Re: Kexec, DMA, and SMP

From: Suparna Bhattacharya (
Date: Tue Feb 11 2003 - 09:40:29 EST

On Tue, Feb 11, 2003 at 08:06:44AM -0600, Corey Minyard wrote:
> |
> |We could just reserve a memory area of reasonable size (how
> |much ?) which would be used by the new kernel for all its
> |allocations. We already have the infrastructure to tell the
> |new kernel which memory areas not to use, so its simple
> |enough to ask it exclude all but the reserved area.
> |By issuing the i/o as early as possible during bootup
> |(for lkcd all we need is the block device to be setup for
> |i/o requests), we can minimize the amount of memory to
> |reserve in this manner.
> DMA can occur almost anywhere. If you restrict the area of DMA, that
> means you have to copy the contents to the final destination. I don't think
> we want to do that in many cases.

The scope here was just the case that Eric seemed to be
trying to address, the way I understood it, and hence a much
simpler subset of the problem at hand, since it is not really
tackling the rouge/buggy cases. There is no restriction on
where DMA can happen, just a block of memory area set aside
for the dormant kernel to use when it is instantiated.
So this is an area that the current kernel will not use or
touch and not specify as a DMA target during "regular"

> |
> |That might address a large percentage of the regular cases,
> |i.e. except where statically allocated buffers could be
> |targets for DMA. If we are using in-use (user) pages
> |for saving the dump, then there is a possibility of a dump
> |getting corrupted by a DMA, but there may be a way to
> |minimize that when we chose destination pages to use.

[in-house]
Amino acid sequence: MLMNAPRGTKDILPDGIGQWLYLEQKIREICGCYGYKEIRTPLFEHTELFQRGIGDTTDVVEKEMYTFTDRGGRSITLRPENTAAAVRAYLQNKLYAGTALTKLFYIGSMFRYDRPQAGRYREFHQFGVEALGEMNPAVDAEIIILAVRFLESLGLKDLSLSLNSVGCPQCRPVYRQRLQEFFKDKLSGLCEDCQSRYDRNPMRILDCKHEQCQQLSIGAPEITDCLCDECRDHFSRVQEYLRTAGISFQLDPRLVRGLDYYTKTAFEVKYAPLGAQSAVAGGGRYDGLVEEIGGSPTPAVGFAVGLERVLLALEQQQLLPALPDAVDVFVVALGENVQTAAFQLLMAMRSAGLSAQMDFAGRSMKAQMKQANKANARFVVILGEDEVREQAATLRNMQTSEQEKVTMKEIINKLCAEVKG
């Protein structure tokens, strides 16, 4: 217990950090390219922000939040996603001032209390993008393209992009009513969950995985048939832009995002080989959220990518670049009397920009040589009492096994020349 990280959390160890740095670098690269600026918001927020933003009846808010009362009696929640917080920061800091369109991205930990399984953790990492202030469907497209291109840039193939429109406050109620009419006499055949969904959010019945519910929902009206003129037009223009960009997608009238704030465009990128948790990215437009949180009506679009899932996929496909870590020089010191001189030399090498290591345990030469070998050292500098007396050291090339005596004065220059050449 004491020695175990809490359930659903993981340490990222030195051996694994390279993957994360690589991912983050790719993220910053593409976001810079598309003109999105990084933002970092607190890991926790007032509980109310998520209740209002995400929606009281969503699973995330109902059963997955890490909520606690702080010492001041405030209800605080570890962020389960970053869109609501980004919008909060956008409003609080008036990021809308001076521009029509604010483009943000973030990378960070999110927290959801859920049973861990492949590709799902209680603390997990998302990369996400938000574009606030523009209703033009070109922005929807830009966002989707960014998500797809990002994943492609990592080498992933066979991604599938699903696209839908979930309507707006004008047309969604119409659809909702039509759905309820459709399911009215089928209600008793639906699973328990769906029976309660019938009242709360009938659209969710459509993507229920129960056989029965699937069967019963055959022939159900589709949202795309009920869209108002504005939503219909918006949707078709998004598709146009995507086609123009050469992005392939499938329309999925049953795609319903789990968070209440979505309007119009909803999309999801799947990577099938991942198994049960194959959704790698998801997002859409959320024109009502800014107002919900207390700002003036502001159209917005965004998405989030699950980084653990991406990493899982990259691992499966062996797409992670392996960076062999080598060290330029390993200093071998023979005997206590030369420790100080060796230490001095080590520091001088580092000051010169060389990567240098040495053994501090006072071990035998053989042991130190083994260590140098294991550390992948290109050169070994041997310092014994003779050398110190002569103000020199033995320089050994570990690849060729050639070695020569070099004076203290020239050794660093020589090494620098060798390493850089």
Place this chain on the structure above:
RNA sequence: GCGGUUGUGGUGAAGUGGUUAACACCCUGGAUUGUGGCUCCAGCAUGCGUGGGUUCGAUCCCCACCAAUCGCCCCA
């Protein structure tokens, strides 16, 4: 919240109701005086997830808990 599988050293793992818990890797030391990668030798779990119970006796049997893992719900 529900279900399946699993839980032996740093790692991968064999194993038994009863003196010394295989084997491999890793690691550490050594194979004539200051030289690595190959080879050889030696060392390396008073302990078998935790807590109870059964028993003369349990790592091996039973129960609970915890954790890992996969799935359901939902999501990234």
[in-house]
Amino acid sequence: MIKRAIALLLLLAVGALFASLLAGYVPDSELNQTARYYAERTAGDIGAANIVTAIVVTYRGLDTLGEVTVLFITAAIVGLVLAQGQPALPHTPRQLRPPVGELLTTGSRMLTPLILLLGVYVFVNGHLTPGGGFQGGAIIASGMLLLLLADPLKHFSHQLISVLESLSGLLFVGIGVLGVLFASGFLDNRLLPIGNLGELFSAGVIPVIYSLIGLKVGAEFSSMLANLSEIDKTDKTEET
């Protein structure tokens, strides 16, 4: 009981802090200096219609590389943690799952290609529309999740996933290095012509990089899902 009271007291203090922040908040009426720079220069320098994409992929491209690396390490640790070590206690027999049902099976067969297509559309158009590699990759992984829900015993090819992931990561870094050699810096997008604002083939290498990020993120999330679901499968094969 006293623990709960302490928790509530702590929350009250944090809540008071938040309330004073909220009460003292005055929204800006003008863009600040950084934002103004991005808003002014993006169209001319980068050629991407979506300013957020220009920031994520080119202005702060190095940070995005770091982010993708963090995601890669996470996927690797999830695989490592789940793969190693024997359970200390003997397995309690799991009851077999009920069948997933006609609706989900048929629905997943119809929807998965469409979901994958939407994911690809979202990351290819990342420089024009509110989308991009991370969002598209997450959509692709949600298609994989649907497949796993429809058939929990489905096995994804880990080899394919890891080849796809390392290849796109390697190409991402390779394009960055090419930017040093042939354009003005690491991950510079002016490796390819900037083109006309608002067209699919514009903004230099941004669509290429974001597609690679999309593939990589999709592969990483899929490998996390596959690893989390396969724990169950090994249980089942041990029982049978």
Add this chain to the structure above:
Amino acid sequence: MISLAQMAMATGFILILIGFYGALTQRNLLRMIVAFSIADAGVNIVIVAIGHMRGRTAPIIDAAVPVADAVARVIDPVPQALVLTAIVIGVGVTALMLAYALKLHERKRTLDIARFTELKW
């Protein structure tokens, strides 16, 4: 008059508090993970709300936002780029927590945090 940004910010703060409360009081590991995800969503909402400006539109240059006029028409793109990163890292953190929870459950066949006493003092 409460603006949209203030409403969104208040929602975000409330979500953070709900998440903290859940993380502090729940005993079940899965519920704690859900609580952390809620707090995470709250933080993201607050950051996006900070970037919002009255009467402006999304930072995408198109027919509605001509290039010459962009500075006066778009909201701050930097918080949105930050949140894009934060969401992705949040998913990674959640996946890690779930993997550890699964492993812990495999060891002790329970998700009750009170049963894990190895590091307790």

> Unless you have some way to mark pages as current DMA targets, you,
> you won't be able to do this. And the problem Ken and I are seeing is
> happening after the new kernel has booted. An old DMA operation is
> occuring after the new kernel has booted. That means two kernels would
> have to choose the same DMA target areas, and that's fairly unreasonable
> to ask, IMHO.

Not really, this isn't about matching DMA target areas. Its
about the new kernel ignoring memory that the old kernel was
using and only using the reserved area of memory which the
old kernel was expected to have left alone in normal operation.

This is not the entire spectrum of situations where any physical
address could be a potential DMA target, due to a buggy kernel
which could have passed any address to the device concerned.
For that case, of course, quiescing the devices seems like the
best way out so far.

So whether such reservation would solve the case you see
would depend on whether the old DMA operation is targetted at
a valid buffer in the old kernel, or if it is indeed a buggy
scenario where DMA is happening into an address it shouldn't
really be overwriting.

> The only reasonable way I can think of to do this is to quiesce the devices
> before dumping memory or doing a kexec. It's not that hard to do, it's just
> that a lot of DMA capable device drivers exist that don't do this.

Yes, this is indeed what we need eventually.
What would it take to get there ? The main difficulty is making
sure all device drivers do this ..


Suparna Bhattacharya (
Linux Technology Center
IBM Software Labs, India

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